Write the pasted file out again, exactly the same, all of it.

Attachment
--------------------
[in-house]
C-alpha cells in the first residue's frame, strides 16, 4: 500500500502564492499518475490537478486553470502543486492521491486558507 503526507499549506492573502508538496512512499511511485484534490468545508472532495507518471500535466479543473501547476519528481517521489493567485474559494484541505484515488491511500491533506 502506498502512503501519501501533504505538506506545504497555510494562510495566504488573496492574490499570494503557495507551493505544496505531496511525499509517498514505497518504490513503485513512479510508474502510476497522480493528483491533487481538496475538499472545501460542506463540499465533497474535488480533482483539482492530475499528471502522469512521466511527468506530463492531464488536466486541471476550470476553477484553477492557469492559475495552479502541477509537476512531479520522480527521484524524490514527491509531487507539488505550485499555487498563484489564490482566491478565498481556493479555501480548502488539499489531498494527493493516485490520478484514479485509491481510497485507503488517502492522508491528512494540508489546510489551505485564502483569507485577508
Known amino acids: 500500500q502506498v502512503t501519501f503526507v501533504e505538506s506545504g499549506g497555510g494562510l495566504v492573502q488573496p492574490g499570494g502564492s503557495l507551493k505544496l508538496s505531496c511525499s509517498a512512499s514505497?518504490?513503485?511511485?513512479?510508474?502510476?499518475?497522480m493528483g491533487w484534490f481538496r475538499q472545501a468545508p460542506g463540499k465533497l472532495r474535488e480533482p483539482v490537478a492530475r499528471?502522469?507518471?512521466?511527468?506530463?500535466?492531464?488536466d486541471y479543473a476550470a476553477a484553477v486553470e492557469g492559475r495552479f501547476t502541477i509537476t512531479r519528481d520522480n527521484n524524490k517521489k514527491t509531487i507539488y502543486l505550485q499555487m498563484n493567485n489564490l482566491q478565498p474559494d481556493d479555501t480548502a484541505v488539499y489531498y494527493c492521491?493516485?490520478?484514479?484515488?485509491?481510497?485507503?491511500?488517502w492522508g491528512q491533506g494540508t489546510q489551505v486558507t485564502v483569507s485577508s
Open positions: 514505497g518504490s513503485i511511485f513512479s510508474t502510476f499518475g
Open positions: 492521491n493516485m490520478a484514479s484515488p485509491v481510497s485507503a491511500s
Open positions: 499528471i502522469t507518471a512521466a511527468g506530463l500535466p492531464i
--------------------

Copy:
[in-house]
C-alpha cells in the first residue's frame, strides 16, 4: 500500500502564492499518475490537478486553470502543486492521491486558507 503526507499549506492573502508538496512512499511511485484534490468545508472532495507518471500535466479543473501547476519528481517521489493567485474559494484541505484515488491511500491533506 502506498502512503501519501501533504505538506506545504497555510494562510495566504488573496492574490499570494503557495507551493505544496505531496511525499509517498514505497518504490513503485513512479510508474502510476497522480493528483491533487481538496475538499472545501460542506463540499465533497474535488480533482483539482492530475499528471502522469512521466511527468506530463492531464488536466486541471476550470476553477484553477492557469492559475495552479502541477509537476512531479520522480527521484524524490514527491509531487507539488505550485499555487498563484489564490482566491478565498481556493479555501480548502488539499489531498494527493493516485490520478484514479485509491481510497485507503488517502492522508491528512494540508489546510489551505485564502483569507485577508
Known amino acids: 500500500q502506498v502512503t501519501f503526507v501533504e505538506s506545504g499549506g497555510g494562510l495566504v492573502q488573496p492574490g499570494g502564492s503557495l507551493k505544496l508538496s505531496c511525499s509517498a512512499s514505497?518504490?513503485?511511485?513512479?510508474?502510476?499518475?497522480m493528483g491533487w484534490f481538496r475538499q472545501a468545508p460542506g463540499k465533497l472532495r474535488e480533482p483539482v490537478a492530475r499528471?502522469?507518471?512521466?511527468?506530463?500535466?492531464?488536466d486541471y479543473a476550470a476553477a484553477v486553470e492557469g492559475r495552479f501547476t502541477i509537476t512531479r519528481d520522480n527521484n524524490k517521489k514527491t509531487i507539488y502543486l505550485q499555487m498563484n493567485n489564490l482566491q478565498p474559494d481556493d479555501t480548502a484541505v488539499y489531498y494527493c492521491?493516485?490520478?484514479?484515488?485509491?481510497?485507503?491511500?488517502w492522508g491528512q491533506g494540508t489546510q489551505v486558507t485564502v483569507s485577508s
Open positions: 514505497g518504490s513503485i511511485f513512479s510508474t502510476f499518475g
Open positions: 492521491n493516485m490520478a484514479s484515488p485509491v481510497s485507503a491511500s
Open positions: 499528471i502522469t507518471a512521466a511527468g506530463l500535466p492531464i